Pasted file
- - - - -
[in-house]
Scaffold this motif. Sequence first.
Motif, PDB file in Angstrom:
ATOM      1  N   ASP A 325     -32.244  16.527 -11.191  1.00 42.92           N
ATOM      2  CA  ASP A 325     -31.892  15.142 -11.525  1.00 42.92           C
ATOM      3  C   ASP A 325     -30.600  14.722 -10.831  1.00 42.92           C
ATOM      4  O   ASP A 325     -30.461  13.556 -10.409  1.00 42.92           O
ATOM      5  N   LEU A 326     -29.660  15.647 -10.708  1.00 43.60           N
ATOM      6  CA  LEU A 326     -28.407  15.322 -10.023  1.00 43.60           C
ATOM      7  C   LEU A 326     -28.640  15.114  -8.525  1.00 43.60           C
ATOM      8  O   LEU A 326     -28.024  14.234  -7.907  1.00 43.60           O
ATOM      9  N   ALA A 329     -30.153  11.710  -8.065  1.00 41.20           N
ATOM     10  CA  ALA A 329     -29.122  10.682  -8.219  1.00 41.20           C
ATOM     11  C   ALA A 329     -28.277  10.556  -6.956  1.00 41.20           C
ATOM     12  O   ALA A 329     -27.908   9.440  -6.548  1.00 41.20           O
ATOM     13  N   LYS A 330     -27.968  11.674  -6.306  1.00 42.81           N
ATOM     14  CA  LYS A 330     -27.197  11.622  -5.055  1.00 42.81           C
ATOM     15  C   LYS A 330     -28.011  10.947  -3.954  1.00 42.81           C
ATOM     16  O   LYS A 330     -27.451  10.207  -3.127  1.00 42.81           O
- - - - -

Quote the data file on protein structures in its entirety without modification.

[in-house]
Scaffold this motif. Sequence first.
Motif, PDB file in Angstrom:
ATOM      1  N   ASP A 325     -32.244  16.527 -11.191  1.00 42.92           N
ATOM      2  CA  ASP A 325     -31.892  15.142 -11.525  1.00 42.92           C
ATOM      3  C   ASP A 325     -30.600  14.722 -10.831  1.00 42.92           C
ATOM      4  O   ASP A 325     -30.461  13.556 -10.409  1.00 42.92           O
ATOM      5  N   LEU A 326     -29.660  15.647 -10.708  1.00 43.60           N
ATOM      6  CA  LEU A 326     -28.407  15.322 -10.023  1.00 43.60           C
ATOM      7  C   LEU A 326     -28.640  15.114  -8.525  1.00 43.60           C
ATOM      8  O   LEU A 326     -28.024  14.234  -7.907  1.00 43.60           O
ATOM      9  N   ALA A 329     -30.153  11.710  -8.065  1.00 41.20           N
ATOM     10  CA  ALA A 329     -29.122  10.682  -8.219  1.00 41.20           C
ATOM     11  C   ALA A 329     -28.277  10.556  -6.956  1.00 41.20           C
ATOM     12  O   ALA A 329     -27.908   9.440  -6.548  1.00 41.20           O
ATOM     13  N   LYS A 330     -27.968  11.674  -6.306  1.00 42.81           N
ATOM     14  CA  LYS A 330     -27.197  11.622  -5.055  1.00 42.81           C
ATOM     15  C   LYS A 330     -28.011  10.947  -3.954  1.00 42.81           C
ATOM     16  O   LYS A 330     -27.451  10.207  -3.127  1.00 42.81           O